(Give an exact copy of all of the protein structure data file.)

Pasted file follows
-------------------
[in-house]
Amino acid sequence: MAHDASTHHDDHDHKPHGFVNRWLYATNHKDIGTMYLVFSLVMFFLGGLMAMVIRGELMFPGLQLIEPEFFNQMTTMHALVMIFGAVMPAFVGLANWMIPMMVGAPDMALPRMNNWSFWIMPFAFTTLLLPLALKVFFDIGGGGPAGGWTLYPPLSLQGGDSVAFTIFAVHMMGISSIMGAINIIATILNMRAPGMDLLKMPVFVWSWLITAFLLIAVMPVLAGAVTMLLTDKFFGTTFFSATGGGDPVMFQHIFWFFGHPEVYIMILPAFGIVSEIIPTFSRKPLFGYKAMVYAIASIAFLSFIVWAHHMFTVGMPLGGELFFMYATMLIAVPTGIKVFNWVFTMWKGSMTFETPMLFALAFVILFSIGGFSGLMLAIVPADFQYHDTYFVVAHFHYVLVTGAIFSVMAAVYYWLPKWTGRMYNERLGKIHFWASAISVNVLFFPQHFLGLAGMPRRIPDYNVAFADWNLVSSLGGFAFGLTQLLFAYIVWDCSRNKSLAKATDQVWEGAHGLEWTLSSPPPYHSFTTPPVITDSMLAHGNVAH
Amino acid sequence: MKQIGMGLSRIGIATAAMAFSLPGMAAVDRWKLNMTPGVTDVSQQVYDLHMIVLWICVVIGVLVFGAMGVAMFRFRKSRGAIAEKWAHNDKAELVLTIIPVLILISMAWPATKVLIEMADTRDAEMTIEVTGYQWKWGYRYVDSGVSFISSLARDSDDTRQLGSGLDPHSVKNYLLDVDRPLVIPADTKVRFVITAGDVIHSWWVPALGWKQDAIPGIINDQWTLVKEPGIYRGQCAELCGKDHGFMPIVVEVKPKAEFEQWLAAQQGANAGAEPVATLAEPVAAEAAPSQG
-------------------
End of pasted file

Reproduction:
[in-house]
Amino acid sequence: MAHDASTHHDDHDHKPHGFVNRWLYATNHKDIGTMYLVFSLVMFFLGGLMAMVIRGELMFPGLQLIEPEFFNQMTTMHALVMIFGAVMPAFVGLANWMIPMMVGAPDMALPRMNNWSFWIMPFAFTTLLLPLALKVFFDIGGGGPAGGWTLYPPLSLQGGDSVAFTIFAVHMMGISSIMGAINIIATILNMRAPGMDLLKMPVFVWSWLITAFLLIAVMPVLAGAVTMLLTDKFFGTTFFSATGGGDPVMFQHIFWFFGHPEVYIMILPAFGIVSEIIPTFSRKPLFGYKAMVYAIASIAFLSFIVWAHHMFTVGMPLGGELFFMYATMLIAVPTGIKVFNWVFTMWKGSMTFETPMLFALAFVILFSIGGFSGLMLAIVPADFQYHDTYFVVAHFHYVLVTGAIFSVMAAVYYWLPKWTGRMYNERLGKIHFWASAISVNVLFFPQHFLGLAGMPRRIPDYNVAFADWNLVSSLGGFAFGLTQLLFAYIVWDCSRNKSLAKATDQVWEGAHGLEWTLSSPPPYHSFTTPPVITDSMLAHGNVAH
Amino acid sequence: MKQIGMGLSRIGIATAAMAFSLPGMAAVDRWKLNMTPGVTDVSQQVYDLHMIVLWICVVIGVLVFGAMGVAMFRFRKSRGAIAEKWAHNDKAELVLTIIPVLILISMAWPATKVLIEMADTRDAEMTIEVTGYQWKWGYRYVDSGVSFISSLARDSDDTRQLGSGLDPHSVKNYLLDVDRPLVIPADTKVRFVITAGDVIHSWWVPALGWKQDAIPGIINDQWTLVKEPGIYRGQCAELCGKDHGFMPIVVEVKPKAEFEQWLAAQQGANAGAEPVATLAEPVAAEAAPSQG